“The only thing that is stopping us from achieving our dreams and ambitious is fear,” says Lewis Pugh, endurance swimmer and a Patron of the Oceans at the United Nations. A man who completed a long-distance swim in every ocean in the world, including the Arctic, swam across the North Pole, a glacial lake on Mount Everest, and 528 km long the English Channel.
We have all the beauty of the world and we take it for granted. Otherwise, we would have more understanding of what we do to our planet. Lewis Pugh is trying to change our thinking and to change the rules in this game, in which nature has no chance to win.
Good morning! I would like to welcome everyone to "HR on Wings" podcast. My guest today is Lewis Gordon Pugh.
Professionally, Lewis is a lawyer and adjunct professor of International Law at the University of Cape Town, a Cambridge University graduate, and an inspirational keynote speaker. On top of that, Louis is a man who completed a long distance swim in every ocean in the world, including the Arctic and Seven seas. His first swim was across the North Pole in 2007, then in the Antarctic, across glacial lake of Mount Everest and even under the Antarctic ice sheet. Lewis was also the first person to cover the length of the English Channel, which is 528 km long, and he achieved that in 49 days. But he hasn't swung through the Baltic Sea yet, so maybe that will be the next challenge. Hello, Lewis!
Thank you so much for having me on your podcast.
Thank you for accepting my invitation. I think that the most beautiful and amazing thing in your life story is the WHY? I mean, why you are doing what you are doing, and this WHY is to save the oceans. You are an ocean advocate and a fighter for nature since 1986. Your goal is to build awareness about climate change and to make world leaders and all humans act against it. How did your journey start? I mean, was there any specific moment when you thought "I want to do this. I just got to go there, to the North Pole!"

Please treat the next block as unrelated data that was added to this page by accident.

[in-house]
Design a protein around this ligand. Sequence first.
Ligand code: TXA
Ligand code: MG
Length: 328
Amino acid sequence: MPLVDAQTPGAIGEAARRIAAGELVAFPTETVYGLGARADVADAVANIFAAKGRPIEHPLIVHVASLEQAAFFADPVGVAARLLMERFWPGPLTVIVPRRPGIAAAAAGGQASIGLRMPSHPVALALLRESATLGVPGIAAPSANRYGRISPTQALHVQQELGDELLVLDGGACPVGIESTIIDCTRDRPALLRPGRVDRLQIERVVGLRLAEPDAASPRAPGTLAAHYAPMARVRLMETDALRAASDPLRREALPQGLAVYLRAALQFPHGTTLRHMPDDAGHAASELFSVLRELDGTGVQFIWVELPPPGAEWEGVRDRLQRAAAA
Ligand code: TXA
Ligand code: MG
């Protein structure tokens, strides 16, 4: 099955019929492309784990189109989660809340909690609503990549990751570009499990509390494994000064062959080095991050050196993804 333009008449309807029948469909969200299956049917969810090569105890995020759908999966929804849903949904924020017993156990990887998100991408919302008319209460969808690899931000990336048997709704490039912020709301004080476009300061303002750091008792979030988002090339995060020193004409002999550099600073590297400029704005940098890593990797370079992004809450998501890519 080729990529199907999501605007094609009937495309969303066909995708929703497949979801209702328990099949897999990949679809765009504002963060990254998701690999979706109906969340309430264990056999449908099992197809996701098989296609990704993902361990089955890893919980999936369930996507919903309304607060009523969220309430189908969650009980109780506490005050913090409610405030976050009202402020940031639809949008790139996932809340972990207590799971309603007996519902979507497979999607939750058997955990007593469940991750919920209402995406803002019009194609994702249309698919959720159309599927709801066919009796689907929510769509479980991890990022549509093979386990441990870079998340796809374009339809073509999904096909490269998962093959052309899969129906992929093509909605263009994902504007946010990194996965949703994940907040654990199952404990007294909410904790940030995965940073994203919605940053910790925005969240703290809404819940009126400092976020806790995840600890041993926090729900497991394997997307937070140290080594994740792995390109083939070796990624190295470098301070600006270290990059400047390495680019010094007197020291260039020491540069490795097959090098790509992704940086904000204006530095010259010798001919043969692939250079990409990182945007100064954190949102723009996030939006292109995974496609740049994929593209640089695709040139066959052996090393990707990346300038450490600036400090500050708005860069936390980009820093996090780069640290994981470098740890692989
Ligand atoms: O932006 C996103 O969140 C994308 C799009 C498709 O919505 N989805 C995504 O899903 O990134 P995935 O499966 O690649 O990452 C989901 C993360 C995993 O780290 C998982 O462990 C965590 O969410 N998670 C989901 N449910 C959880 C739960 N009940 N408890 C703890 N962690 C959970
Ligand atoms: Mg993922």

I think my WHY is very simple. It's justice. It's justice between ourselves and the animal kingdom. I've been swimming now for 35 years, and in 35 years, I've seen our oceans change. I've seen it change very quickly. 35 years is obviously a long time in a human lifetime, but in terms of the history of the planet, there's nothing. And I've seen the oceans change. And for me, I'm fighting to try and protect our oceans in order that the incredible wildlife that lives in our oceans, have a future, but not justice between ourselves and the animal kingdom. Also justice between ourselves and our future generations, our children, and our grandchildren. I think there's something very wrong about us damaging the environment and then our children simply don't have a future.